It is clear Samuel Rain is not amenable to a live trial of his cutting-edge innovation. Given his brilliance, I suggest we covertly co-opt his research and put a watch on his files, rather than using force. A trial can be run without his knowledge.

Recommendation from analyst in charge of evaluating biofusion as a viable military tool

SAMUEL RAIN HAD disappeared so cleanly that most people assumed he was dead. Zie Zen wasn’t most people. His contacts had unearthed rumors the man was alive but brain damaged. Depending on the depth of the latter, Rain might well be of no use, but Zie Zen wasn’t about to assume anything. It had become increasingly clear that the man who had initially come up with the concept and underlying principles of biofusion was the only one who might have the solution to Vasic’s deadly problem.

At the time of Rain’s disappearance over a year ago, he had been residing in California. That meant nothing. He could’ve been transported anywhere in the world in the intervening period, but it was a starting point. Nikita Duncan and Anthony Kyriakus were the two most powerful Psy in the area, so Zie Zen would start with them. Nikita, he tabled for now. She might be ruthless, but she tended to be open about her financial interests—this type of long-term subterfuge didn’t seem her style.

Anthony on the other hand . . . the head of the NightStar Group was used to dealing with damaged minds. Regardless of Silence, F-Psy still went insane more regularly than other sectors of the population. That meant NightStar had private facilities for the care of its damaged members, and according to everything Zie Zen had been able to unearth, the family did provide care, rather than simply executing or hiding away its malfunctioning elements.

Decision made, Zie Zen contacted Anthony on a private comm line known to a very few. It was late to call, but Zie Zen knew Anthony was often in his office long past midnight. The other man’s interests had aligned with Zie Zen’s on a number of occasions, and Zie Zen considered him a courteous ally of sorts.

The former Councilor’s face appeared onscreen in seconds. “Zie Zen,” Anthony Kyriakus said in welcome, the silver at the temples of his black hair glinting in the overhead light.

“Anthony.” Zie Zen took in this man who understood family, who’d fought for his daughter’s right to live with a cold ruthlessness that to many had seemed to spring from a mercenary motivation, and considered how much to reveal. “I’m calling in a marker.”

“You’re the only man to whom I can bear being beholden,” Anthony said. “What can I do for you?”

“I need to know the whereabouts of Samuel Rain.”

Anthony’s expression gave nothing away. “He’s rumored to be dead.”

“Rumors mean little.” In the end, it wasn’t a difficult decision to lay talk of markers and debts aside and trust the other man with the truth. Zie Zen knew Anthony hadn’t fought for his daughter because she was the most gifted and, therefore, most lucrative foreseer in the world. No, he’d fought for her out of the protective instincts of a father for his child. “I ask for Vasic.”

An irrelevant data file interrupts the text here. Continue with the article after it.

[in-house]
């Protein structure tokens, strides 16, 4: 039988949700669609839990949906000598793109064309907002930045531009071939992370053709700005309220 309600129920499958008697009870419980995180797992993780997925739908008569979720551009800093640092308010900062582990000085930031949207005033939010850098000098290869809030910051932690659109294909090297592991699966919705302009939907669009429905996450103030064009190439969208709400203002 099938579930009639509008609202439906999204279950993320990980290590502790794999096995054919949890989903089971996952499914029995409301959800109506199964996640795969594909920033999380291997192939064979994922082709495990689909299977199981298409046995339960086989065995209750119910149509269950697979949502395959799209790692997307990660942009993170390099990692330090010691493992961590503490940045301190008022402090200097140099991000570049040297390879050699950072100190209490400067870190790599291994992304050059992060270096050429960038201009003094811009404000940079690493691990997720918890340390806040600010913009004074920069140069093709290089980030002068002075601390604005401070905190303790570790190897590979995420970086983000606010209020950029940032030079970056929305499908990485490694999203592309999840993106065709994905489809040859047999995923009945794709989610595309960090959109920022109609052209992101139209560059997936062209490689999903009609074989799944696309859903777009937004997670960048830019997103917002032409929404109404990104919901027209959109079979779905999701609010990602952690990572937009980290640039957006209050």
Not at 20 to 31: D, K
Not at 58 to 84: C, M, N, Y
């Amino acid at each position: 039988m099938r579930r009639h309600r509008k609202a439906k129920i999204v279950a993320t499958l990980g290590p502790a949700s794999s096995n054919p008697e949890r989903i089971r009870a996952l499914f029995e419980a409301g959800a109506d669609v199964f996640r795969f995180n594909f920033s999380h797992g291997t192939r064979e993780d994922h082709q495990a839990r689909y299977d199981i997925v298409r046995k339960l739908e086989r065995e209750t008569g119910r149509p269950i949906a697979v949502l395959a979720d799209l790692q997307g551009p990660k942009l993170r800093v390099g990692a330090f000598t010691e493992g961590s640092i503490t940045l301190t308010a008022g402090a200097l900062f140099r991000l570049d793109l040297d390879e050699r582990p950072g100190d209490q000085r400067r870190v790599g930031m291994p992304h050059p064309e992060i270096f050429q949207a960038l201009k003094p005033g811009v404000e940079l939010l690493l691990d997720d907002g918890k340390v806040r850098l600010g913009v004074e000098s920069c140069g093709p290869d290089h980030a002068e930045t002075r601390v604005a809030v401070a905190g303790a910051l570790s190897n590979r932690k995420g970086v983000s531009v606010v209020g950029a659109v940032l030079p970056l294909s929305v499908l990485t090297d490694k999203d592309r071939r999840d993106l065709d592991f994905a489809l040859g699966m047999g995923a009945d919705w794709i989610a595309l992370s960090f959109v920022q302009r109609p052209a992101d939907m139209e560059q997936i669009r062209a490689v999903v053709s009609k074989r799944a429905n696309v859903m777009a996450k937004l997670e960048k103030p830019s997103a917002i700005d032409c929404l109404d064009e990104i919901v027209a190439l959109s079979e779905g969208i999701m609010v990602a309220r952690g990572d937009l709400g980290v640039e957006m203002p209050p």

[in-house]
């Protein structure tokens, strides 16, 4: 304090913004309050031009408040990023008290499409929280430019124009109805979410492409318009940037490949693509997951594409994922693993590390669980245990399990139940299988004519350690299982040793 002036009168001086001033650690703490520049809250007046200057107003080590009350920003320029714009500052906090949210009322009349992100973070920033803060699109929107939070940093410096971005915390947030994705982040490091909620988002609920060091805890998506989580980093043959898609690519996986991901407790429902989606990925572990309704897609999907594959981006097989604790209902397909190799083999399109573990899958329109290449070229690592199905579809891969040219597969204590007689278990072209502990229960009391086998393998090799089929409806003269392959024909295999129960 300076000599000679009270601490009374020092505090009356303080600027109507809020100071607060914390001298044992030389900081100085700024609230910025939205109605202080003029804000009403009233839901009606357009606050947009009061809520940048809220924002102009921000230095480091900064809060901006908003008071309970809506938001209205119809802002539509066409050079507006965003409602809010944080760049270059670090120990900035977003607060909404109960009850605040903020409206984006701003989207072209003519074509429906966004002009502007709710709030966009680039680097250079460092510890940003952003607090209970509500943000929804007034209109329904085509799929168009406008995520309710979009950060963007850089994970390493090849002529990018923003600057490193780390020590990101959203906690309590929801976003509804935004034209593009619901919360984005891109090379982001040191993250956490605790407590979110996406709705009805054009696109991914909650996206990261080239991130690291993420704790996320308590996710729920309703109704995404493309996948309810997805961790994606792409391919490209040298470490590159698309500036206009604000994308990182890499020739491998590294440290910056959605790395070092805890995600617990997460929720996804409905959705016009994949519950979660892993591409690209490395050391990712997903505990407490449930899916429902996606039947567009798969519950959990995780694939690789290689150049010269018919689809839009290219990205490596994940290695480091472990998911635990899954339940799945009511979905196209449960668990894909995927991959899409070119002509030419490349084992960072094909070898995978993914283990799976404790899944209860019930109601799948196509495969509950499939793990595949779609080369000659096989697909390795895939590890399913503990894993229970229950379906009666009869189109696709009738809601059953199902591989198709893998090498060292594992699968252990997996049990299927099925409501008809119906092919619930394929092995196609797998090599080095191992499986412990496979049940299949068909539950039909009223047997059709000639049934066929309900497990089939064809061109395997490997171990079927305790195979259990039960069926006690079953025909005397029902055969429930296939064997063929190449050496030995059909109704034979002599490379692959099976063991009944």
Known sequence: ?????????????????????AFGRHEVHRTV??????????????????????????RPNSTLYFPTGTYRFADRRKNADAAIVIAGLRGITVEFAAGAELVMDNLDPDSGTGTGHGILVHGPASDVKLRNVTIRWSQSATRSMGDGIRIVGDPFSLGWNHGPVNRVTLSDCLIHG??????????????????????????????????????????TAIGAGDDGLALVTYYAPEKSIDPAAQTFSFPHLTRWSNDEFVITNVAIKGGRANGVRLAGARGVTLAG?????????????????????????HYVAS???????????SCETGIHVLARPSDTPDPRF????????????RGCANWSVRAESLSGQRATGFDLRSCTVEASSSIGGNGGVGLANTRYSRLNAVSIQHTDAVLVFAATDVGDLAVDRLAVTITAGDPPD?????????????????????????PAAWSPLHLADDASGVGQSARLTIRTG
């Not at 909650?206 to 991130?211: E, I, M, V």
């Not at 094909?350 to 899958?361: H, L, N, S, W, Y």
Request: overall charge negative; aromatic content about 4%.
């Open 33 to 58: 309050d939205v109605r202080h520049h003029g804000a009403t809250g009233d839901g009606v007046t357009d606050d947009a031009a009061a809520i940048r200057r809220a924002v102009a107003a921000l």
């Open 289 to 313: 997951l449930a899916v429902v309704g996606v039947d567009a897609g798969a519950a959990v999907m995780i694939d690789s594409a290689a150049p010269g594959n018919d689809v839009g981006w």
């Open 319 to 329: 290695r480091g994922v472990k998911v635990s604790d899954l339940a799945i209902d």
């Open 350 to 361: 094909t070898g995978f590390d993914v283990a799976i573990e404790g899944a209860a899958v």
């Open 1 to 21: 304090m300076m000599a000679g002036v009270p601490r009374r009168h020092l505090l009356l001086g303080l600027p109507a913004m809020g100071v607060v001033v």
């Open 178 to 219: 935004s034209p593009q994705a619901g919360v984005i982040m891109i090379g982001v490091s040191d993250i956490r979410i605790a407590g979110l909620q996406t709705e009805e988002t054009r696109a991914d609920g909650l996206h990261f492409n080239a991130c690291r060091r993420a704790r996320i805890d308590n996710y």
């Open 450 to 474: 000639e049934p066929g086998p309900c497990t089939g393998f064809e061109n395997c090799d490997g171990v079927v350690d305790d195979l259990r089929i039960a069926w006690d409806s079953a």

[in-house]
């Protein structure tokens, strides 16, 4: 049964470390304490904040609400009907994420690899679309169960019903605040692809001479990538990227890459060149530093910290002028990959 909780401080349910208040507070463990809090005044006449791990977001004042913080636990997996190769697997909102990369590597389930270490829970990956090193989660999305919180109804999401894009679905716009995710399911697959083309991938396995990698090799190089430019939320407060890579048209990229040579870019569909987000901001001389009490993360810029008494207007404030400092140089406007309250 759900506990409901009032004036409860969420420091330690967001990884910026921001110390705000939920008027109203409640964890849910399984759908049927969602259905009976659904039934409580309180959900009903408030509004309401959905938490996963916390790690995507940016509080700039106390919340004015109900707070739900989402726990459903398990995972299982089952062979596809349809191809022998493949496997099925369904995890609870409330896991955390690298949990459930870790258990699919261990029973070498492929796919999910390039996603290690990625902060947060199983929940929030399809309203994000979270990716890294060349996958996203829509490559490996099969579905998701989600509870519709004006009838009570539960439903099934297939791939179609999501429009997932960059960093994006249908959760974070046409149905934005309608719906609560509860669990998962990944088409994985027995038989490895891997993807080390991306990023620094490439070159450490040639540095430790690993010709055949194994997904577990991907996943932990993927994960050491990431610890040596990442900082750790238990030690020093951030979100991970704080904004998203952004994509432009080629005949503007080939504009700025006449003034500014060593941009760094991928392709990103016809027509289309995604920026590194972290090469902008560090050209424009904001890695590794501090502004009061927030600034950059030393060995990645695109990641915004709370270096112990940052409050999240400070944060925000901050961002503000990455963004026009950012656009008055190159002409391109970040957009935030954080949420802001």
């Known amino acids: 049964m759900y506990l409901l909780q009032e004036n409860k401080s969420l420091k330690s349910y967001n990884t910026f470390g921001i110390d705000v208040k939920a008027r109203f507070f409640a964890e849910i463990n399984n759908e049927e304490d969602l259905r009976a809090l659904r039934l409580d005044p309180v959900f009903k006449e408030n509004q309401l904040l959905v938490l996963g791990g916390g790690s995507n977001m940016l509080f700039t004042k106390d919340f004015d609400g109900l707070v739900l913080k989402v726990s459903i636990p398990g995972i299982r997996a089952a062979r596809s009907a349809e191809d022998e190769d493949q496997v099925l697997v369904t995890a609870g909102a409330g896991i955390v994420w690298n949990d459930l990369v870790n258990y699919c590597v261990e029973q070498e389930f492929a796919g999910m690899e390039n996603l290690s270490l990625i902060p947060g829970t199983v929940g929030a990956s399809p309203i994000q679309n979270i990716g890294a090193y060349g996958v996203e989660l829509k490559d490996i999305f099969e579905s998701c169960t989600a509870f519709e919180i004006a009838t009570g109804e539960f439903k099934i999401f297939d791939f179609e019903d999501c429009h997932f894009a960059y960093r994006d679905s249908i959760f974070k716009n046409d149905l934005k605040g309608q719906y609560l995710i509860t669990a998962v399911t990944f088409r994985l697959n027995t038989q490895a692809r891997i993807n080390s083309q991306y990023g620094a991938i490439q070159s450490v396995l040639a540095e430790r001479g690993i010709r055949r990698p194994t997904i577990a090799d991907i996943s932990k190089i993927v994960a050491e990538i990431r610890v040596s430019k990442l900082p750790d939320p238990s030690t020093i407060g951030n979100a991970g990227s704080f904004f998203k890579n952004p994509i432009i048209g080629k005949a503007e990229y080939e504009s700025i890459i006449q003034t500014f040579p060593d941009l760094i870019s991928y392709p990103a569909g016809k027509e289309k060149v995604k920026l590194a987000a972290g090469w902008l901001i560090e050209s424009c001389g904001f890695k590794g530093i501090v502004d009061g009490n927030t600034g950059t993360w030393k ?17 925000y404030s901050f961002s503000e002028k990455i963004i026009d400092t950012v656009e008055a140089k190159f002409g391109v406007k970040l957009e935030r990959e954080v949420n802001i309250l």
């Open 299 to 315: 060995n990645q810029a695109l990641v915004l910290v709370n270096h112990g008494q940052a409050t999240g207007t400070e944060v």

This time Anthony did react, his eyes sharpening. “Is the gauntlet failing?”


Anthony’s response was unanticipated. “The Net can’t afford to lose him—no one truly knows how much he’s done behind the scenes in the past decade, how many lives he’s saved.” An intent look. “I didn’t realize he was one of yours.”

Zie Zen could’ve let Anthony believe Vasic was simply another contact, but he didn’t. He wanted to publicly own his relationship with the child who was his blood. “He’s my great-grandson.”

A blink. “A relationship no one in the Net suspects. Masterfully played, Grandfather.”

Once, Zie Zen would’ve smiled at the honorific address, knowing it was both sincere and the rueful acknowledgment of an opponent who’d been bested. Today, he simply asked his question. “Do you know anything that will help me track down Samuel Rain?”

This time it was Anthony who caught Zie Zen unawares. “I have Rain,” he said. “He’s been in NightStar’s care since an attempt at psychic manipulation left him with severe bleeding in the brain.”

Unprepared for such immediate success, Zie Zen paused to gather his thoughts. “How?”

“You will find this apt; the SnowDancer wolves discovered him badly injured and I asked Vasic to pick him up after the leopards contacted me through my daughter.”

“My grandson is unaware who it is he saved?” Zie Zen asked, thinking of all the myriad connections that had led to this instant.

Anthony nodded. “He was on an Arrow operation at the time and could literally only give me a minute. I sent him what he needed to complete the ’port, which he did in under five seconds—and I believe from a distance.” The former Councilor’s expression held respect for the level and precision of Vasic’s skill; being born with an ability was only the start—what Vasic could do, it spoke of intense training, concentration, and intelligence.

“I’m not certain if he had any physical contact with Rain,” Anthony continued. “Even if he did, he wouldn’t have recognized the man. Rain’s face was covered in blood and distorted by a rictus of pain.” He paused, shook his head slightly. “And Vasic had no reason to follow up on it with me. He must’ve thought the man he rescued was another random victim, especially since Rain’s disappearance wasn’t reported until much later.”

This time, the pause was longer, but Zie Zen didn’t interrupt. Copyright 2016 - 2024